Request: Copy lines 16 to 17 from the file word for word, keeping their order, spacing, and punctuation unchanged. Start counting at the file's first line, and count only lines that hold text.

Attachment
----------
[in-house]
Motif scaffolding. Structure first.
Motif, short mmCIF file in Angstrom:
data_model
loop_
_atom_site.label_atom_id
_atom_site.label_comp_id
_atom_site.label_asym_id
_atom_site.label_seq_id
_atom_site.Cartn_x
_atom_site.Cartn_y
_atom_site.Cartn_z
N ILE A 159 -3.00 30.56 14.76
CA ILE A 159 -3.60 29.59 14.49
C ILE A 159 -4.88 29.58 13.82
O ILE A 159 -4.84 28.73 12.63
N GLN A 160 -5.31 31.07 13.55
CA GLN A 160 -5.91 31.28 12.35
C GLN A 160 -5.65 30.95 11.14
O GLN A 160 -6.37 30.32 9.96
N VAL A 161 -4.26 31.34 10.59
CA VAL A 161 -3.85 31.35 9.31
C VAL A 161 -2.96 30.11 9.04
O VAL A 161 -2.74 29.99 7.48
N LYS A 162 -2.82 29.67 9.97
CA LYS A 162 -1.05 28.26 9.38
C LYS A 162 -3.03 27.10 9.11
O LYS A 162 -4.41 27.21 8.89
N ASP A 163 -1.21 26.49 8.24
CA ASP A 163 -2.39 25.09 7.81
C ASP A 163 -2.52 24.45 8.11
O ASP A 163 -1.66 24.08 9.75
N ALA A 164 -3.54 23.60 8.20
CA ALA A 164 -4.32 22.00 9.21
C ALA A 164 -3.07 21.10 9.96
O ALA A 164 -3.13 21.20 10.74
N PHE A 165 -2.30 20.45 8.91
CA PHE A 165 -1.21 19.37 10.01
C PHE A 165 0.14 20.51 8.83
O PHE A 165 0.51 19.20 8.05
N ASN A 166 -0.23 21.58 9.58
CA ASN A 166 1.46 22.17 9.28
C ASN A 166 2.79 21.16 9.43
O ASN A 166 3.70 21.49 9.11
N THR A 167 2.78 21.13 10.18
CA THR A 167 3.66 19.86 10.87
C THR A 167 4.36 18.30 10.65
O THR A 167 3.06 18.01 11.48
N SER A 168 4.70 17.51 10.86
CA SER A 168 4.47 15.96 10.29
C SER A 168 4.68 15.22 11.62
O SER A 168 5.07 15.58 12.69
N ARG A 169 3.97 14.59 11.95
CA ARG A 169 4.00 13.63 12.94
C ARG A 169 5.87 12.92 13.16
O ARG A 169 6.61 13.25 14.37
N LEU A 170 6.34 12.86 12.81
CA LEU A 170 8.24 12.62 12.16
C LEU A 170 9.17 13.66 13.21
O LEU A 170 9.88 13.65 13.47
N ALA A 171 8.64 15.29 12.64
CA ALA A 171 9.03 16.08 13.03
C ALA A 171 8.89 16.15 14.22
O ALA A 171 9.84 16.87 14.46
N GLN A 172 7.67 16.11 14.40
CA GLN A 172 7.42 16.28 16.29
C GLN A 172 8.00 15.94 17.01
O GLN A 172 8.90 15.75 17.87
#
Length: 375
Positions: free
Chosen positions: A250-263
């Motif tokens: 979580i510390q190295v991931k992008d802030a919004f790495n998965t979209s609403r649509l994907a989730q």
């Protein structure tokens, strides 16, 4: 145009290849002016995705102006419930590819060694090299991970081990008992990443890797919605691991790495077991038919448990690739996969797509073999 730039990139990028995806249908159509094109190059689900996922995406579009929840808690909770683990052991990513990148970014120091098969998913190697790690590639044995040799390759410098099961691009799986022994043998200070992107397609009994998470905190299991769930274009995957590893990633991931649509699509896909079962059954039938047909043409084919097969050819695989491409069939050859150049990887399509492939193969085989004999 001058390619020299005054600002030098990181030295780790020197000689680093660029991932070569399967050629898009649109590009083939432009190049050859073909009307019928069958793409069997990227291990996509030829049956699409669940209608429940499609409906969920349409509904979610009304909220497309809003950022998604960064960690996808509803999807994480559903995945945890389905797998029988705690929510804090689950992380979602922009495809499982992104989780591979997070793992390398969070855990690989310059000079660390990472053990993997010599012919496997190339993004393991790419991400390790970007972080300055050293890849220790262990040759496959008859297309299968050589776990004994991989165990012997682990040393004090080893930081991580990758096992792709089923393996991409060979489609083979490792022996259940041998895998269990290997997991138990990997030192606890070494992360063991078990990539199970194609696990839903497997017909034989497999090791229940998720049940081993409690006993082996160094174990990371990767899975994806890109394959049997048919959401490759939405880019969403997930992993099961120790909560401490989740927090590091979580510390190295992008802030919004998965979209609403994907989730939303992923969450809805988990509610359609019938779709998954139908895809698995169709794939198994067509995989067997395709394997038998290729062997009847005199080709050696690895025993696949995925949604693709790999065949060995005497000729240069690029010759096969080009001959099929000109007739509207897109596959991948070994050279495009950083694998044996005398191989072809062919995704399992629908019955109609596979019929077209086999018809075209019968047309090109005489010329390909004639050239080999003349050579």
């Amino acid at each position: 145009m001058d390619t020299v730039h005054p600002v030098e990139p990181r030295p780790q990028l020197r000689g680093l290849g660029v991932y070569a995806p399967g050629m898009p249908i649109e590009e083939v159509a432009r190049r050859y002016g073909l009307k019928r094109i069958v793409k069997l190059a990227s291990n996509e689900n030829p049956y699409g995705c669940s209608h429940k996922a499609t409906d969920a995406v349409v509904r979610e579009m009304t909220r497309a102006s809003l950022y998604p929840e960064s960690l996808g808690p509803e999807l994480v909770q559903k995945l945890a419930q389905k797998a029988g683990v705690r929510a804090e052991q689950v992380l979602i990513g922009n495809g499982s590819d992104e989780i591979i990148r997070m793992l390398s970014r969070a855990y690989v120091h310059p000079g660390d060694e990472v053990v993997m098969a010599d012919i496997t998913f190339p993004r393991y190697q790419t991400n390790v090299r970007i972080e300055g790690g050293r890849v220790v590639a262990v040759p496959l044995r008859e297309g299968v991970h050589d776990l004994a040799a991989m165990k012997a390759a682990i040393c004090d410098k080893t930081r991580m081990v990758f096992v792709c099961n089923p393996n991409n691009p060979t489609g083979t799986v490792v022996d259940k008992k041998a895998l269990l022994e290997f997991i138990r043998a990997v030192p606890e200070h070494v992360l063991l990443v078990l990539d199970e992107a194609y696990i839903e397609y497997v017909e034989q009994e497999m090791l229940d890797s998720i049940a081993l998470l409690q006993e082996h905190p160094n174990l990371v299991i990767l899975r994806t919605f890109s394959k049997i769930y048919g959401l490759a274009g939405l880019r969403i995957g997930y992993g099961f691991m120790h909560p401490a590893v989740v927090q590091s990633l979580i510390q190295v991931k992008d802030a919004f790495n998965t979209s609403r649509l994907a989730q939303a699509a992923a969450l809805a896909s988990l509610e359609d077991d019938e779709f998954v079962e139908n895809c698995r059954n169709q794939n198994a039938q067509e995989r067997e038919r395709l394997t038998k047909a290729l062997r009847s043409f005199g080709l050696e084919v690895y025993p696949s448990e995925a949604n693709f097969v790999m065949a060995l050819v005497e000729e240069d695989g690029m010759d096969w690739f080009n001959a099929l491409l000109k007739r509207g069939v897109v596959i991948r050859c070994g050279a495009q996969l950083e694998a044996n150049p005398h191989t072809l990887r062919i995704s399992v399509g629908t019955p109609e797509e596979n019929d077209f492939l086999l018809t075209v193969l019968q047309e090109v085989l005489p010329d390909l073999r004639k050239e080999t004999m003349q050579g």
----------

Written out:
O ILE A 159 -4.84 28.73 12.63
N GLN A 160 -5.31 31.07 13.55